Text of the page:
Craft brewers boost US economy by $33 billion

2012 craft beer impact

The Brewers Association announced that by its calculation craft brewers contributed $33.9 billion to the U.S. economy in 2012.

The figure is derived from the total impact of beer brewed by craft brewers as it moves through the three-tier system (breweries, wholesalers and retailers), as well as all non-beer products that brewpub restaurants sell.

“With a strong presence across the 50 states and the District of Columbia, craft breweries are a vibrant and flourishing economic force at the local, state and national level,” BA staff economist Bart Watson said. The BA is a non-profit organization that most of the 2,000-plus craft breweries in the country belong to.

In addition to the national impact, the BA examined output of the craft brewing industry by state, as well as the state economic contribution per capita for adults over 21.

Top Five States (2012)

State 2012 Output
California $4.7 billion
Texas $2.3 billion
New York $2.2 billion
Pennsylvania     $2 billion
Colorado $1.6 billion

Top Five States in Age 21+ Output per Capita (2012)

State 2012 Output/Capita
Oregon $448.46
Colorado     $436.50
Vermont $418.57
Maine $324.36
Montana $315.37

For some or all of 2012, 2,347 craft breweries operated in the U.S., comprised of 1,132 brewpubs, 1,118 microbreweries and 97 regional craft breweries. During this timeframe, craft brewers sold an estimated 13,235,917 barrels of beer, with a retail dollar value estimated at $11.9 billion* The industry also provided more than 360,000 jobs, with 108,440 jobs directly at breweries and brewpubs, including serving staff at brewpubs.


Brew Hub will brew (some) Cigar City beer

Brew Hub, the largest of recently opened operations that will brew beer for other companies, has announced the first clients that will have beer made in its Florida brewery. They are Cigar City Brewing; Orange Blossom Pilsner; and BJ’s Restaurants.

Brew Hub will brew a variety of beer brands for each company at its Lakeland facility and distribute the beer throughout Florida and eventually other southeastern states. First beers are expected to be shipped in May.

The company refers to this as “partner brewing” — a process that allows craft brewers not only to brew their beer to exact specifications under the supervision of their own brewmaster, but also to package and distribute from the Brew Hub brewery and make their beer available for export to international markets. Brew Hub also offers services including sales, marketing, logistics, compliance and government affairs.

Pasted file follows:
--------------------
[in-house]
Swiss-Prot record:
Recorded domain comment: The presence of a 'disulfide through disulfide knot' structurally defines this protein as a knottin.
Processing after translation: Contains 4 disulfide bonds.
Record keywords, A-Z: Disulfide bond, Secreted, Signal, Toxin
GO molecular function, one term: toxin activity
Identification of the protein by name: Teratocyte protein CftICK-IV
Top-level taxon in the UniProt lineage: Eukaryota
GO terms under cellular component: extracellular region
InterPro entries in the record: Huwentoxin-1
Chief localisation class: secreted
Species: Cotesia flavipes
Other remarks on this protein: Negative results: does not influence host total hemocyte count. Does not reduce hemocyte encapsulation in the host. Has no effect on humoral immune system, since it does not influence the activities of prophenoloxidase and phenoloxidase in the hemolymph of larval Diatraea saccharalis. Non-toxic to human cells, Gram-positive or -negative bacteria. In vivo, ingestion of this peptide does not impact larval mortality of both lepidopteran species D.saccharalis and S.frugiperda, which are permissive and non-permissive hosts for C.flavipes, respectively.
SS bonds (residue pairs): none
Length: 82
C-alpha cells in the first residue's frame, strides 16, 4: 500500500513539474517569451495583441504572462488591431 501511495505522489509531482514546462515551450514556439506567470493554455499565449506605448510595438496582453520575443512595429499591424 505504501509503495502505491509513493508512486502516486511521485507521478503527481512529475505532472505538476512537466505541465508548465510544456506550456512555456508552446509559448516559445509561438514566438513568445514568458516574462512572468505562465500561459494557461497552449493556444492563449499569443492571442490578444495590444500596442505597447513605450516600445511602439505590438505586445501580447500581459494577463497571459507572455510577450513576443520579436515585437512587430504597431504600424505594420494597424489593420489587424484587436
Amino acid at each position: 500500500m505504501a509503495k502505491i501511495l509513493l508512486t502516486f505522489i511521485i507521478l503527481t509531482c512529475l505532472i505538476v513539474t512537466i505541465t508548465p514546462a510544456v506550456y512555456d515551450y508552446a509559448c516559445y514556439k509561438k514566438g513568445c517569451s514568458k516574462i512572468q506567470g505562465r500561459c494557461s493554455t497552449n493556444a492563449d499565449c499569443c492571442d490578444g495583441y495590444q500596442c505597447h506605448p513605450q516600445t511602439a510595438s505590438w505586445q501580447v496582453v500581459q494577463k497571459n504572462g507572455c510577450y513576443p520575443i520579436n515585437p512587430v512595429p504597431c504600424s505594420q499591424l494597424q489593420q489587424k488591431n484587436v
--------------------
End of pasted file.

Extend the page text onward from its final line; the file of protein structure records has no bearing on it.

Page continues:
“These guys know what they are doing, and I am excited for the opportunity to be able to grow Cigar City Brewing without sacrificing quality or compromising the brewing process,” Joey Redner, Cigar City Brewing founder and CEO, said for a press release. “When you combine Brew Hub’s experience with a new state-of-the-art craft brewery in our home state of Florida, we knew this partnership could help us get more Cigar City beer into the hands of people who love it.”

“The partnerships we’ve formed with Cigar City, Orange Blossom Pilsner and BJ’s Restaurants are exactly why we formed our company,” said Tim Schoen, founder and CEO of Brew Hub.

Brew Hub will brew approximately 40,000 barrels of beer in 2014 for the three partners combined. The Lakeland brewery will have an annual capacity of 75,000 barrels (one million cases). Brew Hub plans to open four additional breweries over the next five years.


New Belgium doubles wood beer capacity

New Belgium Brewing is set to double its wood beer capacity with the addition of 32 new French Oak foeders (large wooden casks for conditioning sour beer) that will bring their total foeder count to 64. Space has been allocated, reinforced concrete flooring has been poured, and the first 12 foeders will be put in place this week.

The expansion will allow New Belgium to double its wood beer production in coming years. The Colorado brewery began began its wood beer program in 1998 and installed its first foeders in 2000. Brewmasteer Peter Bouckaert, who joined New Belgium in 1996, previously worked at Rodenbach in Belgium, famous for its sour beers, themselves aged in massive foeders.